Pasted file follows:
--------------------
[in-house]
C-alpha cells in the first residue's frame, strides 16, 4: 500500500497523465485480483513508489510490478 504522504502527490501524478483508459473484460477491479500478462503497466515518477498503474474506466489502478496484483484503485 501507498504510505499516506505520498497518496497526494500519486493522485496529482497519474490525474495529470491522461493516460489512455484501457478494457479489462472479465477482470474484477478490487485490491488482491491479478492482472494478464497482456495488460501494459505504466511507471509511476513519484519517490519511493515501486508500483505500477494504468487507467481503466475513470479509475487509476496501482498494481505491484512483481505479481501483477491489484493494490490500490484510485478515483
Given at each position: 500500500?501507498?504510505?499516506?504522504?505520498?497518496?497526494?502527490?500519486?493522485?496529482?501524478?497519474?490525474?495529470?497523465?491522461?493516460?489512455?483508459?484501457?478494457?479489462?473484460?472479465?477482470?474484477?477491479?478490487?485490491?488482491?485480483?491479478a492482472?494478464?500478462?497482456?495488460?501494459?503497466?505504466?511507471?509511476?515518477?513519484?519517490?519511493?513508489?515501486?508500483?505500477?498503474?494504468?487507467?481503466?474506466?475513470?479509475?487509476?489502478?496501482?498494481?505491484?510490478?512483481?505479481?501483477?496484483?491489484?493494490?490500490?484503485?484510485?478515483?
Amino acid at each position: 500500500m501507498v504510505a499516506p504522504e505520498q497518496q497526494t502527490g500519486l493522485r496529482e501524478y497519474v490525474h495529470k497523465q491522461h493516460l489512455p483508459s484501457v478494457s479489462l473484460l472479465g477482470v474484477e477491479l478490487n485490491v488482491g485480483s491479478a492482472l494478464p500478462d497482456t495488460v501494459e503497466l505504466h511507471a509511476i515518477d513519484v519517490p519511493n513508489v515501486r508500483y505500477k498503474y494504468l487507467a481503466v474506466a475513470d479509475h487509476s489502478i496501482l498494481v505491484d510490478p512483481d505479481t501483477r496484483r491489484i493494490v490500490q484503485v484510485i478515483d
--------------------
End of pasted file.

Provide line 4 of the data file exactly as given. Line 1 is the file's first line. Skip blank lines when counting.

Amino acid at each position: 500500500m501507498v504510505a499516506p504522504e505520498q497518496q497526494t502527490g500519486l493522485r496529482e501524478y497519474v490525474h495529470k497523465q491522461h493516460l489512455p483508459s484501457v478494457s479489462l473484460l472479465g477482470v474484477e477491479l478490487n485490491v488482491g485480483s491479478a492482472l494478464p500478462d497482456t495488460v501494459e503497466l505504466h511507471a509511476i515518477d513519484v519517490p519511493n513508489v515501486r508500483y505500477k498503474y494504468l487507467a481503466v474506466a475513470d479509475h487509476s489502478i496501482l498494481v505491484d510490478p512483481d505479481t501483477r496484483r491489484i493494490v490500490q484503485v484510485i478515483d